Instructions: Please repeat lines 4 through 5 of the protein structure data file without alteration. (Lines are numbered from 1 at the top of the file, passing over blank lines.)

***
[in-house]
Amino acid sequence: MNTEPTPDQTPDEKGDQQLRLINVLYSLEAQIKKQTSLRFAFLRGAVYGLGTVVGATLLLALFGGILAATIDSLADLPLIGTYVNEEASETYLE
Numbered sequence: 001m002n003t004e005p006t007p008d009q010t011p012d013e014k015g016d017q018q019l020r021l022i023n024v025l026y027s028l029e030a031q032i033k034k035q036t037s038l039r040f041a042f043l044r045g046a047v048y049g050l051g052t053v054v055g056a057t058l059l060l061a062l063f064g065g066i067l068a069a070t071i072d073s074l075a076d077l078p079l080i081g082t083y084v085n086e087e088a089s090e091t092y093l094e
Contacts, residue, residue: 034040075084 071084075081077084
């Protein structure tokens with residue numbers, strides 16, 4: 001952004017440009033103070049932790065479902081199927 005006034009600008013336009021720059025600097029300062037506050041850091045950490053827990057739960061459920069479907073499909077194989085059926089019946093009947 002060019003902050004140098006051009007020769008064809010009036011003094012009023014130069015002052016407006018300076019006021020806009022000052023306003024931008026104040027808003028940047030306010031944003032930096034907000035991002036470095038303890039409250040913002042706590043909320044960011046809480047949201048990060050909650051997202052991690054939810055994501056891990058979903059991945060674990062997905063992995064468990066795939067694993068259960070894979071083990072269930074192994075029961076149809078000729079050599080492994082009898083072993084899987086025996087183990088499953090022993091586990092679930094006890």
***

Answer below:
Contacts, residue, residue: 034040075084 071084075081077084
């Protein structure tokens with residue numbers, strides 16, 4: 001952004017440009033103070049932790065479902081199927 005006034009600008013336009021720059025600097029300062037506050041850091045950490053827990057739960061459920069479907073499909077194989085059926089019946093009947 002060019003902050004140098006051009007020769008064809010009036011003094012009023014130069015002052016407006018300076019006021020806009022000052023306003024931008026104040027808003028940047030306010031944003032930096034907000035991002036470095038303890039409250040913002042706590043909320044960011046809480047949201048990060050909650051997202052991690054939810055994501056891990058979903059991945060674990062997905063992995064468990066795939067694993068259960070894979071083990072269930074192994075029961076149809078000729079050599080492994082009898083072993084899987086025996087183990088499953090022993091586990092679930094006890």